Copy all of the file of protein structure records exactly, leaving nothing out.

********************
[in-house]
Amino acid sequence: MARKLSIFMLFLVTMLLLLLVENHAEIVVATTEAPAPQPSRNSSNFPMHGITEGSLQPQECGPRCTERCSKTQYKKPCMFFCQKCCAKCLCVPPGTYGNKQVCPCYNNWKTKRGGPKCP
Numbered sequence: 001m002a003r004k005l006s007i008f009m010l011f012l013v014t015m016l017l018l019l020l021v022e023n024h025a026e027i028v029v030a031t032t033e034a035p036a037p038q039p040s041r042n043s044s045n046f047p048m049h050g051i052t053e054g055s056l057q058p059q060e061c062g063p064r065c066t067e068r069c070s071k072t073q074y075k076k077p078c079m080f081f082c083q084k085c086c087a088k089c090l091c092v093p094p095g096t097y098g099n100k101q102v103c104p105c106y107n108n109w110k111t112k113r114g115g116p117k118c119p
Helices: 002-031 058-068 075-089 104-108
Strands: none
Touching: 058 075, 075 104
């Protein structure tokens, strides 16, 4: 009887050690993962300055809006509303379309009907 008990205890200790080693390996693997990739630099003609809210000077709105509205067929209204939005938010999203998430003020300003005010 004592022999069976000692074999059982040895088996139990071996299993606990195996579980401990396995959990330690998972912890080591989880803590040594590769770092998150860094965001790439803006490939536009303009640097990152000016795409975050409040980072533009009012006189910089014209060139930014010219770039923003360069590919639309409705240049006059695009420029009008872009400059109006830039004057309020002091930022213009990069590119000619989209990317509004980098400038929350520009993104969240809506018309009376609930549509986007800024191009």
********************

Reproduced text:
[in-house]
Amino acid sequence: MARKLSIFMLFLVTMLLLLLVENHAEIVVATTEAPAPQPSRNSSNFPMHGITEGSLQPQECGPRCTERCSKTQYKKPCMFFCQKCCAKCLCVPPGTYGNKQVCPCYNNWKTKRGGPKCP
Numbered sequence: 001m002a003r004k005l006s007i008f009m010l011f012l013v014t015m016l017l018l019l020l021v022e023n024h025a026e027i028v029v030a031t032t033e034a035p036a037p038q039p040s041r042n043s044s045n046f047p048m049h050g051i052t053e054g055s056l057q058p059q060e061c062g063p064r065c066t067e068r069c070s071k072t073q074y075k076k077p078c079m080f081f082c083q084k085c086c087a088k089c090l091c092v093p094p095g096t097y098g099n100k101q102v103c104p105c106y107n108n109w110k111t112k113r114g115g116p117k118c119p
Helices: 002-031 058-068 075-089 104-108
Strands: none
Touching: 058 075, 075 104
């Protein structure tokens, strides 16, 4: 009887050690993962300055809006509303379309009907 008990205890200790080693390996693997990739630099003609809210000077709105509205067929209204939005938010999203998430003020300003005010 004592022999069976000692074999059982040895088996139990071996299993606990195996579980401990396995959990330690998972912890080591989880803590040594590769770092998150860094965001790439803006490939536009303009640097990152000016795409975050409040980072533009009012006189910089014209060139930014010219770039923003360069590919639309409705240049006059695009420029009008872009400059109006830039004057309020002091930022213009990069590119000619989209990317509004980098400038929350520009993104969240809506018309009376609930549509986007800024191009």